The World’s Deadliest Assassin blasts into a new era in DEATHSTROKE VOL. 1: THE PROFESSIONAL, as part of DC Rebirth!
With a thousand enemies and a thousand kills, Slade Wilson, a.k.a. Deathstroke, is the world’s greatest assassin. His genetically enhanced strength, reflexes, healing and intellect—plus his ruthless dedication to his work—have made him one of the most feared people on the planet.
But even Deathstroke has vulnerabilities—and someone in his inner circle is beginning to exploit them.
When an assignment in a war-torn African country leads him to an old teammate, Deathstroke discovers that his own daughter, Rose—a.k.a. the Ravager—has a price on her head. In order to save her life, he’ll have to break his professional code, betray his most trusted allies, cross his most powerful enemy and defeat his own unshakeable addiction to violence.
Can Deathstroke run this gauntlet and survive with his family, his honor and his life intact?
Find out in DEATHSTROKE VOL. 1: THE PROFESSIONAL, exploding from DC’s blockbuster Rebirth event! This historic volume and great new jumping-on point opens a thrilling new chapter in the life of one of comics’ greatest villains—crafted by the legendary writer Christopher Priest and a killer team of artists, including Carlo Pagulayan, Larry Hama, Joe Bennett and more! Collects issues #1-5 of the acclaimed new series with the DEATHSTROKE: REBIRTH one-shot.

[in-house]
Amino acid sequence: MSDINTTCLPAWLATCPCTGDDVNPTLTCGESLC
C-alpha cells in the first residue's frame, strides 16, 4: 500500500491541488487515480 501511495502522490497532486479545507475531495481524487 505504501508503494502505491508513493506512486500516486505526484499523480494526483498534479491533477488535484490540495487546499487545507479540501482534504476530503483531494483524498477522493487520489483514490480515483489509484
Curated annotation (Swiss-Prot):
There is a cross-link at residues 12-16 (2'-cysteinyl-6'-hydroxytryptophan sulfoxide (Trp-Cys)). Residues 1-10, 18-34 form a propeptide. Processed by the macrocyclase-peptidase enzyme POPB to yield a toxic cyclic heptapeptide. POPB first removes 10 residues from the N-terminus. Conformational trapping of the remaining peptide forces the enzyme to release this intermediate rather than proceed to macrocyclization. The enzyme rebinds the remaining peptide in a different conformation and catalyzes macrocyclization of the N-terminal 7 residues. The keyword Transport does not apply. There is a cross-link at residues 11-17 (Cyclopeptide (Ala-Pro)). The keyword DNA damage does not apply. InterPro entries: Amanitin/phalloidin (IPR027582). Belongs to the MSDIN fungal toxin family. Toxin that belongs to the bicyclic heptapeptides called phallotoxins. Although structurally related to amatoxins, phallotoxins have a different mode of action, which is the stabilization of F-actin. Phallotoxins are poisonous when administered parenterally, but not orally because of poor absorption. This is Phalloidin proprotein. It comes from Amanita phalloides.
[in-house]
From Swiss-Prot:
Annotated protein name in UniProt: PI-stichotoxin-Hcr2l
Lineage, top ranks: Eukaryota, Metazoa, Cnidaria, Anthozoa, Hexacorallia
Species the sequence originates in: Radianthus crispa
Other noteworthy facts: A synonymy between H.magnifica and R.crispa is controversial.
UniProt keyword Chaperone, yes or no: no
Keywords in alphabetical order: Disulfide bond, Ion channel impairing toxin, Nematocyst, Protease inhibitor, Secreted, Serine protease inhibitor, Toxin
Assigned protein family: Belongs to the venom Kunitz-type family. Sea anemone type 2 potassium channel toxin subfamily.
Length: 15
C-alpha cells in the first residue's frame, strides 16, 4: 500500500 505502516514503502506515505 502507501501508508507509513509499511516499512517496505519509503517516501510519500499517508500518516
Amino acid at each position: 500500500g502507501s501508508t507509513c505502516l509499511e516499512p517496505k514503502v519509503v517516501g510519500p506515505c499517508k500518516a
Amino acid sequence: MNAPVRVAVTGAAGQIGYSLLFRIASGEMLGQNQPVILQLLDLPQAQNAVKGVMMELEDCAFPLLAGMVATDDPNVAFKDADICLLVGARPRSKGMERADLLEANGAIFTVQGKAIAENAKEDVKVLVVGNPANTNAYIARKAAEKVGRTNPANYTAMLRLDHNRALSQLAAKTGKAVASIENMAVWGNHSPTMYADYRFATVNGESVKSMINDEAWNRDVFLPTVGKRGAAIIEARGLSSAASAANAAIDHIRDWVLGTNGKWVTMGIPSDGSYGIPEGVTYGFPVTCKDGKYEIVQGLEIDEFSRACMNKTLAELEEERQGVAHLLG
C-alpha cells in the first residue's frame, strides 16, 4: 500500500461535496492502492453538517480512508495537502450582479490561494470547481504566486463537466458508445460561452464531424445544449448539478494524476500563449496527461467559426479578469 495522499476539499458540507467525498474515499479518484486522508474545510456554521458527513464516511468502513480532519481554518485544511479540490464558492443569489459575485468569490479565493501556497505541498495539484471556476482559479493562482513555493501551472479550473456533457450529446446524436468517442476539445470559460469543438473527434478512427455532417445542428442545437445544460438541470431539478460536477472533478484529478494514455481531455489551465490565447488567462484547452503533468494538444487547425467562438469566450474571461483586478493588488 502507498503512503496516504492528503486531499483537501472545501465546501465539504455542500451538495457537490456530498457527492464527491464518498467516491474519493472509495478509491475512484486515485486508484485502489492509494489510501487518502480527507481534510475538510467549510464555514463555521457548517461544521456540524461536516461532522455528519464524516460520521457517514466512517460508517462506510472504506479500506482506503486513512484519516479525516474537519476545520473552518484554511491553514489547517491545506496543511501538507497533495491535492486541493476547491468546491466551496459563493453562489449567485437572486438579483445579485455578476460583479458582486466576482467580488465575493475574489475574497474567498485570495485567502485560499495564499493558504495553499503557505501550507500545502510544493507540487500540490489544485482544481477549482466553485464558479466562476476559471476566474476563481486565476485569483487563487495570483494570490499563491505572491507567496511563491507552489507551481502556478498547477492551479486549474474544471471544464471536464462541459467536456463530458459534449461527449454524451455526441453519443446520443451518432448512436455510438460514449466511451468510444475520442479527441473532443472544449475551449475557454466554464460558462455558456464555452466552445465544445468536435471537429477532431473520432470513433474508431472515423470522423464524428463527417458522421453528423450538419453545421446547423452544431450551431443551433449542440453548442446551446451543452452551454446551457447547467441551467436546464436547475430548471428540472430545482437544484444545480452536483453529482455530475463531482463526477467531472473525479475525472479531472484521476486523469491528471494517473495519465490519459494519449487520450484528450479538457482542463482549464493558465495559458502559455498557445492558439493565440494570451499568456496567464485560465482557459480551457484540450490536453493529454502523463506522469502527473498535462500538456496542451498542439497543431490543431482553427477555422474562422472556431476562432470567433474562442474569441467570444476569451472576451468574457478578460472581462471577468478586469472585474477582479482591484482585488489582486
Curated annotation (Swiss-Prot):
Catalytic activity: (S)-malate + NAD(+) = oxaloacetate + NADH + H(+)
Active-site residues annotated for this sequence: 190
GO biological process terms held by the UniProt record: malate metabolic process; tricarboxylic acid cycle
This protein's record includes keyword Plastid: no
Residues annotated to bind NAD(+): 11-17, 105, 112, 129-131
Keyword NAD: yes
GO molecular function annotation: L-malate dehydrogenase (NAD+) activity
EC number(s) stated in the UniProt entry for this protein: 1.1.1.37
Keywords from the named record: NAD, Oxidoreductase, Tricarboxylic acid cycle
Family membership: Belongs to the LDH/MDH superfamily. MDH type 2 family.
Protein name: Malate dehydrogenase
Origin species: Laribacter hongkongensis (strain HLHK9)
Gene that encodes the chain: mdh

Christopher Priest is a mythic hero who can pull worlds and storylines out of thin air like magic, everything he touches turns golden and sets a new standard for greatness in the Comic World.
In Deathstroke he created a character who is a villain but at the same time you can’t help but want to root for on some level. The plot is so full of depth and makes reading about a mercenary who bounces between being straight up evil to questionably ethical intriguing; it all depends on your perspective. The book does a good job of showing the balance without trying to convince the reader to pick a side. Priest did a good job adding in the female counterpart to mimic a father/daughter relationship especially as it illustrates a completely different side to his persona.
The only huge flaw was some of the back and forth because it was a little confusing but eventually the story leveled out so it wasn’t horribly bad.
The artwork was detailed and realistic with a good color palette that helped to set the scenes. It was nice to see such a diverse set of characters.
Thank you to Netgalley and DC Comics for allowing me to review this book.
*synopsis and pic from netgalley.com
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